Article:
Peptidoglycan Recognition Peptide 2 Aggravates Weight Loss in a Murine Model of Chemotherapy-Induced Gastrointestinal Toxicity

Ann Sophie Bech*, Anders Bathum Nexoe, Magdalena Dubik, Jesper Bonnet Moeller, Grith Lykke Soerensen, Uffe Holmskov, Gunvor Iben Madsen, Steffen Husby, Mathias Rathe

*Corresponding author for this work

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Introduction: Chemotherapy-induced gastrointestinal toxicity (CIGT) is a frequent, severe and dose-limiting side effect. Few treatments have proven effective for CIGT. CIGT is characterized by activation of the nuclear factor kappa B pathway which, leads to upregulation of proinflammatory cytokines. The innate immune protein peptidoglycan recognition peptide 2 (PGLYRP2) binds to and hydrolyzes microbial peptidoglycan. Expression of PGLYRP2 is upregulated in the intestine of chemotherapy-treated piglets. In this experimental study, we investigated the role of Pglyrp2 in the development and severity of murine CIGT. Methods: Pglyrp2 wildtype and Pglyrp2 knockout mice received intraperitoneal injections of chemotherapy (Doxorubicin 20 mg/kg) to induce CIGT. Weight was monitored daily, and animals were euthanized after 2 or 7 days. Expression of proinflammatory cytokines in the jejunum was measured by quantitative real-time polymerase-chain reaction and enzyme-linked immunosorbent assay. Villus height, crypt depth, and histologic inflammation were evaluated on haematoxylin and eosin stained tissue specimens. Results: Chemotherapeutic treatment induced weight loss (p < 0.05), shortening of the small intestine (p < 0.05), elongation of villus height (p < 0.05), increased crypt depth (p < 0.05), and led to elevated mRNA levels of II1β (p < 0.05), II6 (p < 0.05), and Tnf (p < 0.001) at day 2. Protein levels of IL1β, IL6, and TNFα did not change after exposure to chemotherapy. Doxorubicin treated wildtype mice had a more pronounced weight loss compared to knockout mice from day 3 to day 7 (D3-D6: p < 0.05 and D7: p < 0.01). No other phenotypic differences were detected. Conclusion: Pglyrp2 aggravates chemotherapy-induced weight loss but does not induce a specific pattern of inflammation and morphological changes in the small intestine.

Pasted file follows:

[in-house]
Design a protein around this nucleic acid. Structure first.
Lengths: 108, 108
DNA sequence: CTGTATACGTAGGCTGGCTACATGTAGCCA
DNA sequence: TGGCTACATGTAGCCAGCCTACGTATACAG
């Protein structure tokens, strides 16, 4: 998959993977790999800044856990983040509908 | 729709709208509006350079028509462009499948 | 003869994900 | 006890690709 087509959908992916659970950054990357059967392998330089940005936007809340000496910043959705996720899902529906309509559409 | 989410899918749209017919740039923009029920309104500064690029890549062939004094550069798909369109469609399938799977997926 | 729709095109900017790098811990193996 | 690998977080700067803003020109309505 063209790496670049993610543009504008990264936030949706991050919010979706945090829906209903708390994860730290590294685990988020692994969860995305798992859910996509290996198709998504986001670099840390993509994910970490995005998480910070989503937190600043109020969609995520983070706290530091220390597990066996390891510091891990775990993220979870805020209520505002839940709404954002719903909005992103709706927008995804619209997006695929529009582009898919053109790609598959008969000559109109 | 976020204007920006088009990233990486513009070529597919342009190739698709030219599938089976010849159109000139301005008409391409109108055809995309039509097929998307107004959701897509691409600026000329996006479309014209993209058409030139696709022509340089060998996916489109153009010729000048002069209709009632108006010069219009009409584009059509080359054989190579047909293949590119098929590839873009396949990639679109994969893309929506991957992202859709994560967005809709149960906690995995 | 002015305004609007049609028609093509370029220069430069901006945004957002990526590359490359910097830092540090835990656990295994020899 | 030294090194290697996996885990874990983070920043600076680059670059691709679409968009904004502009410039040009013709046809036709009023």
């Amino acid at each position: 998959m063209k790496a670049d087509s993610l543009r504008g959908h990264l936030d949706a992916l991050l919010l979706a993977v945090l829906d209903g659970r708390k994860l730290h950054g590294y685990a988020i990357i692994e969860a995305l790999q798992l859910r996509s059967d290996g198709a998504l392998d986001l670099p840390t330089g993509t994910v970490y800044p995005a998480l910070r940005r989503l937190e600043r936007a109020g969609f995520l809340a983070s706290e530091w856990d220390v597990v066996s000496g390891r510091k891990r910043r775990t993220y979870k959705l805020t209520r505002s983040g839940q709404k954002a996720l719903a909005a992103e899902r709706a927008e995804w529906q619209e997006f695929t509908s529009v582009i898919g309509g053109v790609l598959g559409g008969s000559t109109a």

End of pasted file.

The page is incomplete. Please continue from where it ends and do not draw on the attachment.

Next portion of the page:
Original languageEnglish
Article number635005
JournalFrontiers in Oncology
Number of pages11
Publication statusPublished - 23. Mar 2021

Bibliographical note

Publisher Copyright:
© Copyright © 2021 Bech, Nexoe, Dubik, Moeller, Soerensen, Holmskov, Madsen, Husby and Rathe.


  • chemotherapy
  • gastrointestinal mucositis
  • inflammation
  • mice
  • peptidoglycan recognition peptide 2


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